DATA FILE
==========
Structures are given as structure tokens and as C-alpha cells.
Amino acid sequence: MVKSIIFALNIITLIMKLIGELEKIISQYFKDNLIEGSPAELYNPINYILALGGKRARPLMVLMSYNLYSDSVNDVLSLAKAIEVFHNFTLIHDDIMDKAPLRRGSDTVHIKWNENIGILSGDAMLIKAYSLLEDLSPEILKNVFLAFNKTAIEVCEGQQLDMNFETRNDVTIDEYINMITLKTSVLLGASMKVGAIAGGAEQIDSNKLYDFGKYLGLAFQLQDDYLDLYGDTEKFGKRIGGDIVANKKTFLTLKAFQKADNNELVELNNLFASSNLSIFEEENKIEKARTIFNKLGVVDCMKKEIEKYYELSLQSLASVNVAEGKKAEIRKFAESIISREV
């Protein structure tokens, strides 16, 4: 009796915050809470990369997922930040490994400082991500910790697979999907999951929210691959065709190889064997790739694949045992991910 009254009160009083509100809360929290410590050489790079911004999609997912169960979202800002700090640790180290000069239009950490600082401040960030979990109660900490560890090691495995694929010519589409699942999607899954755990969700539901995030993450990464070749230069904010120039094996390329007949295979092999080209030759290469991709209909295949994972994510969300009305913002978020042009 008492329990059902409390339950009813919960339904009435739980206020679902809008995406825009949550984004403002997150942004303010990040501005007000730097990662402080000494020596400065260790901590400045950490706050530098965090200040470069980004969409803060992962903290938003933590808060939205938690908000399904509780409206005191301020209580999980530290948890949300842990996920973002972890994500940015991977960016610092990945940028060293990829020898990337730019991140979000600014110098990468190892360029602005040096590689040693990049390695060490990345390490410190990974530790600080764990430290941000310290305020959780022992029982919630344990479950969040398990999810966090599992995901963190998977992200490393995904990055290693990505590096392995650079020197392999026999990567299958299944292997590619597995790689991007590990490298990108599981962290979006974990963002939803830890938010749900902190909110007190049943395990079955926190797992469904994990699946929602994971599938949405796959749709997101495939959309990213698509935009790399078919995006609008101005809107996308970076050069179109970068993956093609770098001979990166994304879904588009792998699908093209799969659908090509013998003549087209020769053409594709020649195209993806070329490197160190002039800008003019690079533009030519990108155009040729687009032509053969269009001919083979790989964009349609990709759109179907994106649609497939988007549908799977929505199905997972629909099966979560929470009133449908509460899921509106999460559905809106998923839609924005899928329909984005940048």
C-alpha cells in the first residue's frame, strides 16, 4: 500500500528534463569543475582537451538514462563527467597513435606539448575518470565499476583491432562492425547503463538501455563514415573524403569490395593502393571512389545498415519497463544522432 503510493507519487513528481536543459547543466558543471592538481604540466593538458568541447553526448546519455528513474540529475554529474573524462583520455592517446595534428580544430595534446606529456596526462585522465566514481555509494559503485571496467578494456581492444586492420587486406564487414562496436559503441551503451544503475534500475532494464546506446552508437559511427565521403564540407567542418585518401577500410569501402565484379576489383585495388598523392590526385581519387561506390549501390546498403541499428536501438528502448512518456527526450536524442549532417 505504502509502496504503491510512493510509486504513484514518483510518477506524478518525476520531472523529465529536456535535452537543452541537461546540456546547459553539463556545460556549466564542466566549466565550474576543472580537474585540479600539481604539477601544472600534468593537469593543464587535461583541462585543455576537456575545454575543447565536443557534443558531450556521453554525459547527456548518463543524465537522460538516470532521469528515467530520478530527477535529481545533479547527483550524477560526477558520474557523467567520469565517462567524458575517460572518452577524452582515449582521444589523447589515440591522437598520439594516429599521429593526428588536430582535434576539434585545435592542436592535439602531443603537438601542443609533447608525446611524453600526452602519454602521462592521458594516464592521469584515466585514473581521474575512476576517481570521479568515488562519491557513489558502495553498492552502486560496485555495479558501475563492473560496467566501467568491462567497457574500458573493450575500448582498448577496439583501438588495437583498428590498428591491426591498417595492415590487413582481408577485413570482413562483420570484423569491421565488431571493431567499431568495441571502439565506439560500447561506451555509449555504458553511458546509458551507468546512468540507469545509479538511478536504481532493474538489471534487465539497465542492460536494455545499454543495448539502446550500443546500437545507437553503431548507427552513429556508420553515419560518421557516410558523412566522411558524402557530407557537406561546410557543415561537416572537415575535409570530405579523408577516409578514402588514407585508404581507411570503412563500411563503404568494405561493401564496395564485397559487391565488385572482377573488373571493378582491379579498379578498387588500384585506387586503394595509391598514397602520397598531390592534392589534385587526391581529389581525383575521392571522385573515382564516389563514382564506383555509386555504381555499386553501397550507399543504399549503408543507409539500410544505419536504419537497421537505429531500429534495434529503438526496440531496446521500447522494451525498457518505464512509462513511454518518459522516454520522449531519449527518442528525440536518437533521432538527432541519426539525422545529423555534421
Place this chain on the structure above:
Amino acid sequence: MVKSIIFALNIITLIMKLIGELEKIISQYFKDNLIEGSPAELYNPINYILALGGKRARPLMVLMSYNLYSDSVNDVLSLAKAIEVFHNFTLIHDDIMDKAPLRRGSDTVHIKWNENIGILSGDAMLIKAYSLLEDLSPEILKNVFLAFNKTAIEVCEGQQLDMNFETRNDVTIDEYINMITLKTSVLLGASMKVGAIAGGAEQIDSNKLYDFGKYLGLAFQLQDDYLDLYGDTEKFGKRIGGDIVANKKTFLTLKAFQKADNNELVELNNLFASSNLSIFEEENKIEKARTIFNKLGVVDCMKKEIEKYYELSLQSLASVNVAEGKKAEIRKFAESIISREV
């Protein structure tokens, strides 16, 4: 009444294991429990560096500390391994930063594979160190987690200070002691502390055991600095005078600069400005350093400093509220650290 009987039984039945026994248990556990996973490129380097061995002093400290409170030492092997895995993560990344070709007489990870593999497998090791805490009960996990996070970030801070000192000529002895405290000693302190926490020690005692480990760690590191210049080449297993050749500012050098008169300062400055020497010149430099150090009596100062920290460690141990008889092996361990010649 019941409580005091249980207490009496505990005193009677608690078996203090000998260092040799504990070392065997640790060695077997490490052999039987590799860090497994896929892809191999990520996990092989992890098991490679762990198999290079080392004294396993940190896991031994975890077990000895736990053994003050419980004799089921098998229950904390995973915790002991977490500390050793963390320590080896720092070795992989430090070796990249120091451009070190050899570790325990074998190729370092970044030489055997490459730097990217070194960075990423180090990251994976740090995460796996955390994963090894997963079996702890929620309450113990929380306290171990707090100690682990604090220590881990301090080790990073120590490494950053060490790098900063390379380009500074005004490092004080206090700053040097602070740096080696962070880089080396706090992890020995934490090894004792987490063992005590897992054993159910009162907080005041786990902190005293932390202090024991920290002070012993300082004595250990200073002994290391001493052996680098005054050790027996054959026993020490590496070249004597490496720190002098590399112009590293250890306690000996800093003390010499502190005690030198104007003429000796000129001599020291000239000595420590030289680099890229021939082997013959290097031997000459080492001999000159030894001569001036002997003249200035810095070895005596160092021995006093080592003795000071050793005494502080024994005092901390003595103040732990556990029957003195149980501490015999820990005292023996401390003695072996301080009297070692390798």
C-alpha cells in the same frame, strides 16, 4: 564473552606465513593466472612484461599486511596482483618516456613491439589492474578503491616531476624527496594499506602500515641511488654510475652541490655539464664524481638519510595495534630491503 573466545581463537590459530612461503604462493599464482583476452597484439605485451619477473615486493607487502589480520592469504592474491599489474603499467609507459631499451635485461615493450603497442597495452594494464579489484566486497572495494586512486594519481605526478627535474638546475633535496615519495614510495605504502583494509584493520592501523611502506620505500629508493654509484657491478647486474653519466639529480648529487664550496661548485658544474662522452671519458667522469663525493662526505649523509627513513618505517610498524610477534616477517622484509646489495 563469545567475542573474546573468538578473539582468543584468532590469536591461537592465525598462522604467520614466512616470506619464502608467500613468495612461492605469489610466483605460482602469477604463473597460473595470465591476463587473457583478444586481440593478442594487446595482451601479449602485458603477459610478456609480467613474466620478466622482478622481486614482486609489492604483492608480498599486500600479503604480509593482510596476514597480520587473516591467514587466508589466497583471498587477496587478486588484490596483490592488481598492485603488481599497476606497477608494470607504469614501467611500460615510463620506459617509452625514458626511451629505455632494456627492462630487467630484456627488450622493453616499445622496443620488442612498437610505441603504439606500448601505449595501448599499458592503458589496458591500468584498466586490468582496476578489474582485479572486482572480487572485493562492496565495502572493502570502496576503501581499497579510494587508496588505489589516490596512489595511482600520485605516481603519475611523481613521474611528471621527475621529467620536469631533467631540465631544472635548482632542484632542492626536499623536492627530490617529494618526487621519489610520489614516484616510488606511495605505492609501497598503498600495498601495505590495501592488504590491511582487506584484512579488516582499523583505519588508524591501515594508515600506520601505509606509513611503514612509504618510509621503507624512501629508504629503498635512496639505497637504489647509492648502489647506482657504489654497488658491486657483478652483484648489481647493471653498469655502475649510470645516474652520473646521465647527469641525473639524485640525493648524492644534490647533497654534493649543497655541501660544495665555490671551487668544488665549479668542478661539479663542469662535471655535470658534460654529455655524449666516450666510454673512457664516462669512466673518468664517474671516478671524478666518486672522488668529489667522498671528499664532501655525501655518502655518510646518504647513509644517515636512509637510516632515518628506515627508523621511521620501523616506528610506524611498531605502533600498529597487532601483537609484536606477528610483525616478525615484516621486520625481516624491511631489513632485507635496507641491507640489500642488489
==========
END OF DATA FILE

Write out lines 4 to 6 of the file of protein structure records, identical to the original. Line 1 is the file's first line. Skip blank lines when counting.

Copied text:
C-alpha cells in the first residue's frame, strides 16, 4: 500500500528534463569543475582537451538514462563527467597513435606539448575518470565499476583491432562492425547503463538501455563514415573524403569490395593502393571512389545498415519497463544522432 503510493507519487513528481536543459547543466558543471592538481604540466593538458568541447553526448546519455528513474540529475554529474573524462583520455592517446595534428580544430595534446606529456596526462585522465566514481555509494559503485571496467578494456581492444586492420587486406564487414562496436559503441551503451544503475534500475532494464546506446552508437559511427565521403564540407567542418585518401577500410569501402565484379576489383585495388598523392590526385581519387561506390549501390546498403541499428536501438528502448512518456527526450536524442549532417 505504502509502496504503491510512493510509486504513484514518483510518477506524478518525476520531472523529465529536456535535452537543452541537461546540456546547459553539463556545460556549466564542466566549466565550474576543472580537474585540479600539481604539477601544472600534468593537469593543464587535461583541462585543455576537456575545454575543447565536443557534443558531450556521453554525459547527456548518463543524465537522460538516470532521469528515467530520478530527477535529481545533479547527483550524477560526477558520474557523467567520469565517462567524458575517460572518452577524452582515449582521444589523447589515440591522437598520439594516429599521429593526428588536430582535434576539434585545435592542436592535439602531443603537438601542443609533447608525446611524453600526452602519454602521462592521458594516464592521469584515466585514473581521474575512476576517481570521479568515488562519491557513489558502495553498492552502486560496485555495479558501475563492473560496467566501467568491462567497457574500458573493450575500448582498448577496439583501438588495437583498428590498428591491426591498417595492415590487413582481408577485413570482413562483420570484423569491421565488431571493431567499431568495441571502439565506439560500447561506451555509449555504458553511458546509458551507468546512468540507469545509479538511478536504481532493474538489471534487465539497465542492460536494455545499454543495448539502446550500443546500437545507437553503431548507427552513429556508420553515419560518421557516410558523412566522411558524402557530407557537406561546410557543415561537416572537415575535409570530405579523408577516409578514402588514407585508404581507411570503412563500411563503404568494405561493401564496395564485397559487391565488385572482377573488373571493378582491379579498379578498387588500384585506387586503394595509391598514397602520397598531390592534392589534385587526391581529389581525383575521392571522385573515382564516389563514382564506383555509386555504381555499386553501397550507399543504399549503408543507409539500410544505419536504419537497421537505429531500429534495434529503438526496440531496446521500447522494451525498457518505464512509462513511454518518459522516454520522449531519449527518442528525440536518437533521432538527432541519426539525422545529423555534421
Place this chain on the structure above:
Amino acid sequence: MVKSIIFALNIITLIMKLIGELEKIISQYFKDNLIEGSPAELYNPINYILALGGKRARPLMVLMSYNLYSDSVNDVLSLAKAIEVFHNFTLIHDDIMDKAPLRRGSDTVHIKWNENIGILSGDAMLIKAYSLLEDLSPEILKNVFLAFNKTAIEVCEGQQLDMNFETRNDVTIDEYINMITLKTSVLLGASMKVGAIAGGAEQIDSNKLYDFGKYLGLAFQLQDDYLDLYGDTEKFGKRIGGDIVANKKTFLTLKAFQKADNNELVELNNLFASSNLSIFEEENKIEKARTIFNKLGVVDCMKKEIEKYYELSLQSLASVNVAEGKKAEIRKFAESIISREV